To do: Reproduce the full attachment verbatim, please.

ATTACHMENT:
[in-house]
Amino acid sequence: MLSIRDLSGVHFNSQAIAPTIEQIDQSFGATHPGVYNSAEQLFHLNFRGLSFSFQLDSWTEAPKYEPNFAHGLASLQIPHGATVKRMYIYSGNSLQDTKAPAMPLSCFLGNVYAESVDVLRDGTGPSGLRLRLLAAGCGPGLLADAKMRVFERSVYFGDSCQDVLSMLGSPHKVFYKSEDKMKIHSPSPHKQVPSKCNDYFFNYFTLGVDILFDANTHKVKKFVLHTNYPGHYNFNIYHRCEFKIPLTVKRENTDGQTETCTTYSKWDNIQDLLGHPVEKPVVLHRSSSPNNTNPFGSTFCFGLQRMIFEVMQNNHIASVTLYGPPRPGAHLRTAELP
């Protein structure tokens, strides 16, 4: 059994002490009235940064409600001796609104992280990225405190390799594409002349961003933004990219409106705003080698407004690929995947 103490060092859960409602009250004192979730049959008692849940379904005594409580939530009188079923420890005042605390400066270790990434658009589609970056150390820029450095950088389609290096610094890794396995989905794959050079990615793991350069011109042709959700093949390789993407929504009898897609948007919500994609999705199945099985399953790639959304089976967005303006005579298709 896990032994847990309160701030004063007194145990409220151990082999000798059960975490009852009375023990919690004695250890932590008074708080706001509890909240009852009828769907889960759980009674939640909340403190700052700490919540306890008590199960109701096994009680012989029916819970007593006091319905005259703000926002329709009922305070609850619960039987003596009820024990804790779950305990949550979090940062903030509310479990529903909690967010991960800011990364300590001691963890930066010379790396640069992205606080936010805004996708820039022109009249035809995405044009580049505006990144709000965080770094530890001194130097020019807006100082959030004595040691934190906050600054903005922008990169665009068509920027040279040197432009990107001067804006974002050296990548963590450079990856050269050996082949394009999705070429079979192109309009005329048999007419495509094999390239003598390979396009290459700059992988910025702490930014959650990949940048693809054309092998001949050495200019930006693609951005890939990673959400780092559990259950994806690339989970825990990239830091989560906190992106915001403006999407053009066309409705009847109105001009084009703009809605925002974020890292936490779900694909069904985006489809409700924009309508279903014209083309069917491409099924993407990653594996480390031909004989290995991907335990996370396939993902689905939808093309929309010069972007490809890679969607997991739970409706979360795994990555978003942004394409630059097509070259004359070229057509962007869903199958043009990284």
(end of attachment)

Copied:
[in-house]
Amino acid sequence: MLSIRDLSGVHFNSQAIAPTIEQIDQSFGATHPGVYNSAEQLFHLNFRGLSFSFQLDSWTEAPKYEPNFAHGLASLQIPHGATVKRMYIYSGNSLQDTKAPAMPLSCFLGNVYAESVDVLRDGTGPSGLRLRLLAAGCGPGLLADAKMRVFERSVYFGDSCQDVLSMLGSPHKVFYKSEDKMKIHSPSPHKQVPSKCNDYFFNYFTLGVDILFDANTHKVKKFVLHTNYPGHYNFNIYHRCEFKIPLTVKRENTDGQTETCTTYSKWDNIQDLLGHPVEKPVVLHRSSSPNNTNPFGSTFCFGLQRMIFEVMQNNHIASVTLYGPPRPGAHLRTAELP
């Protein structure tokens, strides 16, 4: 059994002490009235940064409600001796609104992280990225405190390799594409002349961003933004990219409106705003080698407004690929995947 103490060092859960409602009250004192979730049959008692849940379904005594409580939530009188079923420890005042605390400066270790990434658009589609970056150390820029450095950088389609290096610094890794396995989905794959050079990615793991350069011109042709959700093949390789993407929504009898897609948007919500994609999705199945099985399953790639959304089976967005303006005579298709 896990032994847990309160701030004063007194145990409220151990082999000798059960975490009852009375023990919690004695250890932590008074708080706001509890909240009852009828769907889960759980009674939640909340403190700052700490919540306890008590199960109701096994009680012989029916819970007593006091319905005259703000926002329709009922305070609850619960039987003596009820024990804790779950305990949550979090940062903030509310479990529903909690967010991960800011990364300590001691963890930066010379790396640069992205606080936010805004996708820039022109009249035809995405044009580049505006990144709000965080770094530890001194130097020019807006100082959030004595040691934190906050600054903005922008990169665009068509920027040279040197432009990107001067804006974002050296990548963590450079990856050269050996082949394009999705070429079979192109309009005329048999007419495509094999390239003598390979396009290459700059992988910025702490930014959650990949940048693809054309092998001949050495200019930006693609951005890939990673959400780092559990259950994806690339989970825990990239830091989560906190992106915001403006999407053009066309409705009847109105001009084009703009809605925002974020890292936490779900694909069904985006489809409700924009309508279903014209083309069917491409099924993407990653594996480390031909004989290995991907335990996370396939993902689905939808093309929309010069972007490809890679969607997991739970409706979360795994990555978003942004394409630059097509070259004359070229057509962007869903199958043009990284």